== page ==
‘UNRWA report on Gaza education false, biased’

Report obtained by 'Post,' claims UNRWA report linking difficulties in Gaza education system to blockade "misleading and distortive."

By
June 17, 2011 07:13
4 minute read.
Gazan waits to receive supplies from UNRWA

Gaza UNRWA 311. (photo credit: REUTERS)

The Foreign Ministry is hitting back at what it is calling a series of biased and false United Nations reports issued recently about the Gaza Strip, with plans to submit an official report to the UN Human Rights Council in Geneva in the coming days.

The Israeli report, prepared by the Civil Affairs Department in the Office of the Coordinator of Government Activities in the Territories (COGAT), is aimed at UNRWA, the UN body that assists Palestinian refugees in the Gaza Strip and the West Bank.

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The COGAT report, obtained exclusively on Thursday by The Jerusalem Post, was prompted by a report published in mid-May by Kishore Singh, the UN’s Special Rapporteur on the Right to Education, in which it cited a claim by UNRWA that “a minimum of 100 new schools are required in order to meet the enrollment demands of the refugee children of Gaza and to return its schools to a single-shift system.”

In addition, Singh’s report cites another UNRWA claim that it had only received approval to build eight new schools in the Gaza Strip. The UN report blames Israel’s so-called blockade, imposed in 2007 and later eased up significantly following the Turkish flotilla last summer, as the cause for the difficult education system in Gaza.

The COGAT report, which a senior Foreign Ministry officials told the Post on Thursday would be submitted to the UN Human Rights Council – refutes both claims. Firstly it says that UNRWA has never provided the IDF with a list of 100 schools that it would like to build in the Gaza Strip.

According to the Israeli report, head of COGAT Maj.- Gen. Eitan Dangot met months ago with UNRWA and a representative of the UN Secretary General at his own initiative and asked to work jointly on a broad education plan for the Gaza Strip.



The COGAT report claims that Israel heard the claim regarding the schools for the first time from the media and that an official and detailed request was never received.

“The attempt to draw a connection between UNRWA’s difficulty in building 100 new schools and the blockade is misleading and distortive, and makes connections that have nothing to do with each other,” says the report.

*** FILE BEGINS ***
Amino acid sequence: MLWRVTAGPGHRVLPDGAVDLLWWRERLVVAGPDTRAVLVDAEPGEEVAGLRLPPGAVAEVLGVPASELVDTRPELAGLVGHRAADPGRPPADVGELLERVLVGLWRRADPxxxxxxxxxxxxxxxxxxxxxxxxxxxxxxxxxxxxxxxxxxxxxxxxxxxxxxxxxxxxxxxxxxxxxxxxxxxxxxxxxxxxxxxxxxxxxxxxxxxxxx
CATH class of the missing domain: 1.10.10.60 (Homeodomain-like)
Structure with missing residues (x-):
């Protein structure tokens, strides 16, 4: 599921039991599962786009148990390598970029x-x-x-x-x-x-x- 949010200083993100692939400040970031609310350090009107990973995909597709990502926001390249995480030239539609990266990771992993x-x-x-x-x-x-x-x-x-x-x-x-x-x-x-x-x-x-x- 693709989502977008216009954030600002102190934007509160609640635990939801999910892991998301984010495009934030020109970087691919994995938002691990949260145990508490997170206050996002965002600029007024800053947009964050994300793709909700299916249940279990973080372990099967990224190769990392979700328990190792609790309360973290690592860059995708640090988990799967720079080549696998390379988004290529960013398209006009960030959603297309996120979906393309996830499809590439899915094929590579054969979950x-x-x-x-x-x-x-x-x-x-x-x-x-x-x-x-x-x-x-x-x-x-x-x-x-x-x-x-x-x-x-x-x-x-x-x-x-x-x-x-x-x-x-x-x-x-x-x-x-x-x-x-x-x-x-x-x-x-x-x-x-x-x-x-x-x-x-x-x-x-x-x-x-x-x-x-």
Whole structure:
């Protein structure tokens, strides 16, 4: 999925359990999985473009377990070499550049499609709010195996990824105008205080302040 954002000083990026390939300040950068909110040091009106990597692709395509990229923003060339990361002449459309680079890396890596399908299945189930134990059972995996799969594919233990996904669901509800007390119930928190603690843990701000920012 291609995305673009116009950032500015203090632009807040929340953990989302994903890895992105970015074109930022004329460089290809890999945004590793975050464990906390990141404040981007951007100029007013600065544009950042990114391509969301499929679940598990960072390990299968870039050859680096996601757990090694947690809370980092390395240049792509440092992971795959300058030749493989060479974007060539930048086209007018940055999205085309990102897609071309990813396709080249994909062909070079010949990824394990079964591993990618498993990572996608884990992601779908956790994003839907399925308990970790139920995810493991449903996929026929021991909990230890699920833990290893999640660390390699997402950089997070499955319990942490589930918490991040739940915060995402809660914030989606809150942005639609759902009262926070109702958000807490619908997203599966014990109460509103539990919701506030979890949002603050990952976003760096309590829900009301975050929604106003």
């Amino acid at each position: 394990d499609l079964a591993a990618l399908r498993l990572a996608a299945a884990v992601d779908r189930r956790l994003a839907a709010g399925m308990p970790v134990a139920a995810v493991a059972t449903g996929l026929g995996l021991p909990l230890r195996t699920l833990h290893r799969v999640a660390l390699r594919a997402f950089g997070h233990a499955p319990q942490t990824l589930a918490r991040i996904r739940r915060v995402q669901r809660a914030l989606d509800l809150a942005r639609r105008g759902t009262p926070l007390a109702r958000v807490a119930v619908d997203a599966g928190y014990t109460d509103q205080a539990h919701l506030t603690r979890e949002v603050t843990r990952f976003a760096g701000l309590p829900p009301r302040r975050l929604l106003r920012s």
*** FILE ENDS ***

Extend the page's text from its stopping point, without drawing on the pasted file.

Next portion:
According to official COGAT records obtained by the Post since the change in Israeli policy vis-à-vis the Gaza blockade in June, 2010, Israel has approved a total of 41 educational projects, 32 of them for UNRWA. Twentyfour of the 32 approved UNRWA projects were for new schools and another three approvals were granted for the expansion of existing schools According to the report, UNRWA has only begun bringing in building supplies for 11 of the schools, even though it has approval to do so for another 13.

The report provides a detailed list of the schools approved, with a breakdown of which ones are under construction and which ones are not.

The Heker Jama school in Dir Al-Balah, for example, received COGAT’s approval on January 6 but still has not brought building material into the Gaza Strip, even though it has approval to do so. Another school in Tel Sultan received COGAT approval on February 16 but UNRWA has not yet acted on the project.

In related news, the Foreign Ministry has conducted an analysis of another UNRWA report that came out earlier this week called “Gaza Blockade Anniversary Report,” which claims that unemployment in the second half of 2010 reached 45.2 percent in the Gaza Strip.

The Foreign Ministry review questions why the refugee population in Gaza, which is dealt with by UNRWA, saw a rise in unemployment of 4.07 percent while the non-refugee population saw a drop in unemployment by close to 9 percent.

“The question should be asked why refugees which rely on UNRWA and donor nations are not gaining from the overall economic growth and are blocked from the job market, while the general population in Gaza is experiencing a genuine improvement,” the Foreign Ministry official who analyzed the UNRWA report asked.

In response to the claims raised by COGAT in its report, UNRWA Spokesman Chris Gunness said that the relief agency had discussed its plan with COGAT in the past. He also said that projects were delayed since donors did not want to give funds after previous donations were not used for past projects due to what he called Israel’s refusal to approved projects presented years ago.


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